• Period: to

    Golden Age of Conservation (Theodore Roosevelt)

  • First national wildlife refuge established

  • U.S. Forest Service founded

    They are a federal agency under the U.S. Department of Agriculture that manages 193 million acres of land and provide technical and financial assistance to state and private forestry agencies. They make up the largest forestry research organization in the world. The Forest Service was established to provide quality water and timber for the nation’s benefit but later told widen its management scope for additional multiple uses and benefits and for the sustained yield of renewable resources.
  • Gifford Pinchot

    Gifford Pinchot
    He was the first chief of the U.S. Forests Service and known as the “father of conservation”. His conservation theory combined with John Muir’s idea of preservation and Gifford, along with his brothers, founded the Yale School of Forestry. Pinchot and President Theodore Roosevelt, our greatest environmental president, led a national conservation movement and under Pinchot’s control, national forests increased from 32 to 149.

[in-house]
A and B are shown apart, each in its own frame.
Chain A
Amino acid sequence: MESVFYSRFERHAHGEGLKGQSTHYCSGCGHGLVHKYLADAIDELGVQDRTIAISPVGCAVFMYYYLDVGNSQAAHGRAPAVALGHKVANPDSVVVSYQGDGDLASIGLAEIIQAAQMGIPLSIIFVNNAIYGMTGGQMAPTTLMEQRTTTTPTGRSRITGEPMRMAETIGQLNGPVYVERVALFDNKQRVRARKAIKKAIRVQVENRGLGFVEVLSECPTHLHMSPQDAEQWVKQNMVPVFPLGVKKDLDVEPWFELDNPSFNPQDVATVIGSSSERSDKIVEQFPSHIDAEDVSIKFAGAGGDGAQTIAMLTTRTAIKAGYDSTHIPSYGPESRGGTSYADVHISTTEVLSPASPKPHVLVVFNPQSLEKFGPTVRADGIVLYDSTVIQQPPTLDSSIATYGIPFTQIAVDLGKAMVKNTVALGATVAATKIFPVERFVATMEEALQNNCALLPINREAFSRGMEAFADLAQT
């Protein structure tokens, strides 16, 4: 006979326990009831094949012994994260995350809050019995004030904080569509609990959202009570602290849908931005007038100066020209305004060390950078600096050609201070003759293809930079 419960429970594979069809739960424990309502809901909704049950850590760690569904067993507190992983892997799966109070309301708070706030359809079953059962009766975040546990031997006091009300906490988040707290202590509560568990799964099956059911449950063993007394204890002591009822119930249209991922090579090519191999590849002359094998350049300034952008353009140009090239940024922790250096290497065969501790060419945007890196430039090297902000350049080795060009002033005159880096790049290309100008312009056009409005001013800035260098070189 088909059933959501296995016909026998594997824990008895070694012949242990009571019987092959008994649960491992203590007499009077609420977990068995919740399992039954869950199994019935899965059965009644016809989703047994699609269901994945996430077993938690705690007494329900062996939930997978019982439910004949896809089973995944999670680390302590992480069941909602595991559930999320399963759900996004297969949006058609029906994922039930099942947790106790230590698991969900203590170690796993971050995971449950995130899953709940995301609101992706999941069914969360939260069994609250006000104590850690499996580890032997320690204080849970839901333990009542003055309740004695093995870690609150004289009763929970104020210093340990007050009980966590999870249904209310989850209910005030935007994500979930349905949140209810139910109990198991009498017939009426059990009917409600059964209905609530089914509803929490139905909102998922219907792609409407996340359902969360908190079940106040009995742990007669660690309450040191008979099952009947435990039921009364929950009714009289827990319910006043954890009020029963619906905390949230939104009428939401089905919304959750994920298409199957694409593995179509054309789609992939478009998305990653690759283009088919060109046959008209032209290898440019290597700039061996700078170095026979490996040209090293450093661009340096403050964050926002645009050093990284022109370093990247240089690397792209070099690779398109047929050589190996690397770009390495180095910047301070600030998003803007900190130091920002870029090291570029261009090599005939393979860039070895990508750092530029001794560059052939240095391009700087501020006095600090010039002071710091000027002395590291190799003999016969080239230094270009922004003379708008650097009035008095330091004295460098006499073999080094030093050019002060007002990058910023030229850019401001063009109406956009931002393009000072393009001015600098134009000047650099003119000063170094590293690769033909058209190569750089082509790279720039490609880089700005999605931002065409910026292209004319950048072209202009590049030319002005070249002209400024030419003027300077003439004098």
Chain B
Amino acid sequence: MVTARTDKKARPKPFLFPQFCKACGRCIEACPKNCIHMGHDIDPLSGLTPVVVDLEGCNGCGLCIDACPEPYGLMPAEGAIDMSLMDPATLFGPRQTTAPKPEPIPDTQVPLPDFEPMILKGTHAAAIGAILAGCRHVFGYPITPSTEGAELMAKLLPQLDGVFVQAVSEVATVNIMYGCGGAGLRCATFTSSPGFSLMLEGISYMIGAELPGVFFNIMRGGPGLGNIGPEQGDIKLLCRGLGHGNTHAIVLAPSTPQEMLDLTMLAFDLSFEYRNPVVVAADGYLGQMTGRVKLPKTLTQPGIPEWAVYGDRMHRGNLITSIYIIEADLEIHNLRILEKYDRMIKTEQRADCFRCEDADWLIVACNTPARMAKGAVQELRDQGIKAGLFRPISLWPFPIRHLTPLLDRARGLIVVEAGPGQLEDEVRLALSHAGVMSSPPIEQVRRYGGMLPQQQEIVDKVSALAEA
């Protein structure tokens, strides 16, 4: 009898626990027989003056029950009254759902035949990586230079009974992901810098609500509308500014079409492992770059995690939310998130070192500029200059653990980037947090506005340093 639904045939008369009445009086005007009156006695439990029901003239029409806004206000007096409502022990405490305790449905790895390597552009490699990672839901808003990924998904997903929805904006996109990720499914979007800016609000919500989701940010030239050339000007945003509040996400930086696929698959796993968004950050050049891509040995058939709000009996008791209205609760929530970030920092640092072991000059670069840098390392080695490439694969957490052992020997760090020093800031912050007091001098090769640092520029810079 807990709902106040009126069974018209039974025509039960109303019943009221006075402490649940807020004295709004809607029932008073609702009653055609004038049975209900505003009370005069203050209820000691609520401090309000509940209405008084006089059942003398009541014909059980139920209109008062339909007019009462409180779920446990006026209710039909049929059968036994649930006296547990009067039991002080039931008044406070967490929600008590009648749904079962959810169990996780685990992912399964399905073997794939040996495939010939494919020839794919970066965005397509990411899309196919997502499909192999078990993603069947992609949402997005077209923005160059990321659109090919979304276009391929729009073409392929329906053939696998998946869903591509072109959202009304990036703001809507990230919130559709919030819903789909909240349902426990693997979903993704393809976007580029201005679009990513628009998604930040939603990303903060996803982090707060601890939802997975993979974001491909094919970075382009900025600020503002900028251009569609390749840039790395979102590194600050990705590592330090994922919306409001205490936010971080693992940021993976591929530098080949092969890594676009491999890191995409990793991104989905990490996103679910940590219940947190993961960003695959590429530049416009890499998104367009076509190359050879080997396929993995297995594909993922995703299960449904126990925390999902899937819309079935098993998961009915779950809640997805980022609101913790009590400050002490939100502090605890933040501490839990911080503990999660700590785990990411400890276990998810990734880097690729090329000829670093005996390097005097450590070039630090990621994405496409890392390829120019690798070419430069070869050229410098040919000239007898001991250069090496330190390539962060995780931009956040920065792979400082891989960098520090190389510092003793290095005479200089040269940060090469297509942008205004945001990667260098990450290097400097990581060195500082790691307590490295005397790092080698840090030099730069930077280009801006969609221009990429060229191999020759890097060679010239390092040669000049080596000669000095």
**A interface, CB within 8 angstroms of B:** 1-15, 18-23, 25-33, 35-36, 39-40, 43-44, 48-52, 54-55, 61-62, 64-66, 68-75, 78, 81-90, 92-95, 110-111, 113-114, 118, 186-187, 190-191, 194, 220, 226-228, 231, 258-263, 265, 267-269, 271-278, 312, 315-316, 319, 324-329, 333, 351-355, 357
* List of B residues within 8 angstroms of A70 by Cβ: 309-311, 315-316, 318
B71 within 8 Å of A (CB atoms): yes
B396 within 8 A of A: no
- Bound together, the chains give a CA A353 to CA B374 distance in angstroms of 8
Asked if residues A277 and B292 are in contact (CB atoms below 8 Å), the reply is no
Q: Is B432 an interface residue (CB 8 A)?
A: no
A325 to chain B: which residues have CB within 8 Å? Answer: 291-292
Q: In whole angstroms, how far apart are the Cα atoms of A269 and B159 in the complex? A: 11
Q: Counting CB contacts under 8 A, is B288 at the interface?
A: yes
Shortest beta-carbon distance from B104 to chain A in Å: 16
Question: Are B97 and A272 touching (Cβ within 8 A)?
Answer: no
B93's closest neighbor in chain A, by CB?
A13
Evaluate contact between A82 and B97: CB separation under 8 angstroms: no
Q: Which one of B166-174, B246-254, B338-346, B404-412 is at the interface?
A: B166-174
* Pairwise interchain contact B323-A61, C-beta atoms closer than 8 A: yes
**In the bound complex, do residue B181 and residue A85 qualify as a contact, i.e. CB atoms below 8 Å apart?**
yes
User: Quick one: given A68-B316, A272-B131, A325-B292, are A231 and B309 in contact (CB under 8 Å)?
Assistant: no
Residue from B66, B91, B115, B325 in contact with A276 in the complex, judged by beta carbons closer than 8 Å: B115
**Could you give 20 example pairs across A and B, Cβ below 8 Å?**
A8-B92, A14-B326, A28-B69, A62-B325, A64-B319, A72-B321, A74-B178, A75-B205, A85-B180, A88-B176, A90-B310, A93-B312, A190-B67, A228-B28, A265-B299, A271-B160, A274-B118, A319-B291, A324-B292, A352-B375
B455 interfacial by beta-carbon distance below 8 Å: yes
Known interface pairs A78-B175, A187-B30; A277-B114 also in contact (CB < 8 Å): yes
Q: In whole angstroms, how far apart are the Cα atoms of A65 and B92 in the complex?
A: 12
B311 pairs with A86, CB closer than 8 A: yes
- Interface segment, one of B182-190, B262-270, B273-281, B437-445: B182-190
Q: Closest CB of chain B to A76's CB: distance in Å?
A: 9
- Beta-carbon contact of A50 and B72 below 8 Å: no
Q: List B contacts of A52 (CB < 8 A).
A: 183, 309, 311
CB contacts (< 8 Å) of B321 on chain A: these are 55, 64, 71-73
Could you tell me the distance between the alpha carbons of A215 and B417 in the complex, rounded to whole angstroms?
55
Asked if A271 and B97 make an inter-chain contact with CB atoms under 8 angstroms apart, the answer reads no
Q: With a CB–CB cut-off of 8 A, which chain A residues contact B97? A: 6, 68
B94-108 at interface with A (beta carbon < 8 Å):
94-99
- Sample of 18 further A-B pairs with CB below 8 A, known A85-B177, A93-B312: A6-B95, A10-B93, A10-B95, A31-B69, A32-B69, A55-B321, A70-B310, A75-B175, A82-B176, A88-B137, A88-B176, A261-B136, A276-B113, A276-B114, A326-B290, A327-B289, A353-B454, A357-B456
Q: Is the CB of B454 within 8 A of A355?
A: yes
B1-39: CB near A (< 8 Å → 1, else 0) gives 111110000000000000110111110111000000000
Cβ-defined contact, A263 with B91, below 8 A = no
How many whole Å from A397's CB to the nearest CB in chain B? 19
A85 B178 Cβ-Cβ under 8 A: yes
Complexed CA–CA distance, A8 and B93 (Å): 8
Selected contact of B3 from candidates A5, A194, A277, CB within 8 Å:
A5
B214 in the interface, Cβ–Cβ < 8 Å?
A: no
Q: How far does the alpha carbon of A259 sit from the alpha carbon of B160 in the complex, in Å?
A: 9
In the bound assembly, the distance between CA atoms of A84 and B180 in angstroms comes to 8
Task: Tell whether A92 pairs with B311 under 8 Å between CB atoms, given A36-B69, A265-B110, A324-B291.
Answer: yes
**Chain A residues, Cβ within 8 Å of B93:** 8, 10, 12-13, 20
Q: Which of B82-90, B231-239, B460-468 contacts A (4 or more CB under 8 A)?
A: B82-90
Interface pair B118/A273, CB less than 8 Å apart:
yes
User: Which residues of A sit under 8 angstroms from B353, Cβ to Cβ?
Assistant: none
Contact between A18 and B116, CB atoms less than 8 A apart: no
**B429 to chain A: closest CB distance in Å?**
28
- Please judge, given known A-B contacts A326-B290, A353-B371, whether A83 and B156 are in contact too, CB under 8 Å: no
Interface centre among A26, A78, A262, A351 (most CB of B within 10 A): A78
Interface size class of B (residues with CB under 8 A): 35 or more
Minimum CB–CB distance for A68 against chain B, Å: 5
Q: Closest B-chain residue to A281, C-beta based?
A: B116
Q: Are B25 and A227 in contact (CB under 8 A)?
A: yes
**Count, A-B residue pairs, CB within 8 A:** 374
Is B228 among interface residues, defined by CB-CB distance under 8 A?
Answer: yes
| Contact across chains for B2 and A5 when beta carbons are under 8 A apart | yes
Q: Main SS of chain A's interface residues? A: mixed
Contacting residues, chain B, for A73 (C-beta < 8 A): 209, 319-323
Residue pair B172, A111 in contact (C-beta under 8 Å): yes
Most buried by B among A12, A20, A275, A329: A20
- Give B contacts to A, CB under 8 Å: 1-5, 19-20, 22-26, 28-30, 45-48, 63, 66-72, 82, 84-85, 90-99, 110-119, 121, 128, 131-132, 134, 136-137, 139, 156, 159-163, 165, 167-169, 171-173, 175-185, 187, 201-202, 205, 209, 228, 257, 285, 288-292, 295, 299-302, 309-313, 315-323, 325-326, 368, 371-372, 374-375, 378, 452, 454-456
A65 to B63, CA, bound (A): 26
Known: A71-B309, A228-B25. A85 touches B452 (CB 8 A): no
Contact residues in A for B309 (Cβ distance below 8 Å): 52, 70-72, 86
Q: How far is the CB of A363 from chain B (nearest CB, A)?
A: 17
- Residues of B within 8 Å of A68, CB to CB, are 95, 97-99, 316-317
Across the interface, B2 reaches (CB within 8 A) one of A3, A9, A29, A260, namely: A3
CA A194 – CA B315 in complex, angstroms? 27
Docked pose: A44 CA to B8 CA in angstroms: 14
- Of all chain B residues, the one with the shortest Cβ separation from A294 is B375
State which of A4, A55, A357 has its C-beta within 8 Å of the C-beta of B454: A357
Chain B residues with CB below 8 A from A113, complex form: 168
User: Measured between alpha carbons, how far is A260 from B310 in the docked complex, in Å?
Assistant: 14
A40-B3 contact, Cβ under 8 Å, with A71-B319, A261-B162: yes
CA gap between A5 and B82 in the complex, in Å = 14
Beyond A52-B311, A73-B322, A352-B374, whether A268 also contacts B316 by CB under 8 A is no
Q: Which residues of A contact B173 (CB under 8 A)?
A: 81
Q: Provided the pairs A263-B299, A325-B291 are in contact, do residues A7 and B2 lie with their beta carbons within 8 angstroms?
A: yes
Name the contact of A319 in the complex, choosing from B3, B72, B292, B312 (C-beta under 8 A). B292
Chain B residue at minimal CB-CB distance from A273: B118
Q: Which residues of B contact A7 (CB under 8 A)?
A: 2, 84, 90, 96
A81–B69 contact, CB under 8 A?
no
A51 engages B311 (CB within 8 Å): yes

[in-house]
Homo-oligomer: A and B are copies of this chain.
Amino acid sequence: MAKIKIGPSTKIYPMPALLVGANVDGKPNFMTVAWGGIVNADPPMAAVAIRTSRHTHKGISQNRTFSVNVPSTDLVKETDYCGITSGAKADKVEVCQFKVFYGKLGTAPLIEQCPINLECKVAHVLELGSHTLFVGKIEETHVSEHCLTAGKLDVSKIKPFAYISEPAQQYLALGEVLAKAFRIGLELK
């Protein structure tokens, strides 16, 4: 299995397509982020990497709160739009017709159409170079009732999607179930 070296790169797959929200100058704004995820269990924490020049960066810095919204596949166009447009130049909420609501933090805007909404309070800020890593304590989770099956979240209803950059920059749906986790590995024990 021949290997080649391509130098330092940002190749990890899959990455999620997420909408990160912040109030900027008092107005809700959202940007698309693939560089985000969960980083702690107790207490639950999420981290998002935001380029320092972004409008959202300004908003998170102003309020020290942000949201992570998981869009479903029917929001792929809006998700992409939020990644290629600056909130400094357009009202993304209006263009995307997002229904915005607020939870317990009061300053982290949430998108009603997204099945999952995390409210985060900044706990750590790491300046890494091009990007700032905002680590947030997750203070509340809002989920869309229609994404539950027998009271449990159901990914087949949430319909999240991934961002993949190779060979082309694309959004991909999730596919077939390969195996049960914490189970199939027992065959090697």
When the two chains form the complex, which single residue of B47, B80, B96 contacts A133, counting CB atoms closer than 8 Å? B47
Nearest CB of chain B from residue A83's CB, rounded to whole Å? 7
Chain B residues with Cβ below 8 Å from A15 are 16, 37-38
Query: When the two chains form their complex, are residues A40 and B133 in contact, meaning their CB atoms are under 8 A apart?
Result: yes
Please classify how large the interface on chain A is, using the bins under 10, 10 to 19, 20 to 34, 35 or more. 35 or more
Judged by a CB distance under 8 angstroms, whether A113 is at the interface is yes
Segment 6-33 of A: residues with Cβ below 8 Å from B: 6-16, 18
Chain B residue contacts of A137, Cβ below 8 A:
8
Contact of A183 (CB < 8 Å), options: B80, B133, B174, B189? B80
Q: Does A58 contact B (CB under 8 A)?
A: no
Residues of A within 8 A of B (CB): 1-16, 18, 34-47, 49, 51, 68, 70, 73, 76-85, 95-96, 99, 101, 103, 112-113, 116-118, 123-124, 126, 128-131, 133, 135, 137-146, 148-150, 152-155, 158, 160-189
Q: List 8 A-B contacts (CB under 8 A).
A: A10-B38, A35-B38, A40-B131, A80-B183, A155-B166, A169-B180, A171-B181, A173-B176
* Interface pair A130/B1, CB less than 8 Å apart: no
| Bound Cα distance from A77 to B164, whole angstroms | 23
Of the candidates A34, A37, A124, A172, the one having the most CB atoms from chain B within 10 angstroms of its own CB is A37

• Aldo Leopold

    Aldo Leopold
    Leopold was a conservationist, writer, and many more who was known to many as the father of wildlife management and the U.S. wilderness system. He was involved in developing the proposal to manage the Gila National Forest as a wilderness area and his collection of essays A Sand Country Almanac was one of the most respected books about the environment to be published. One of his best-known ideas is the “land ethic,’ which is an ethical, caring relationship between people and nature.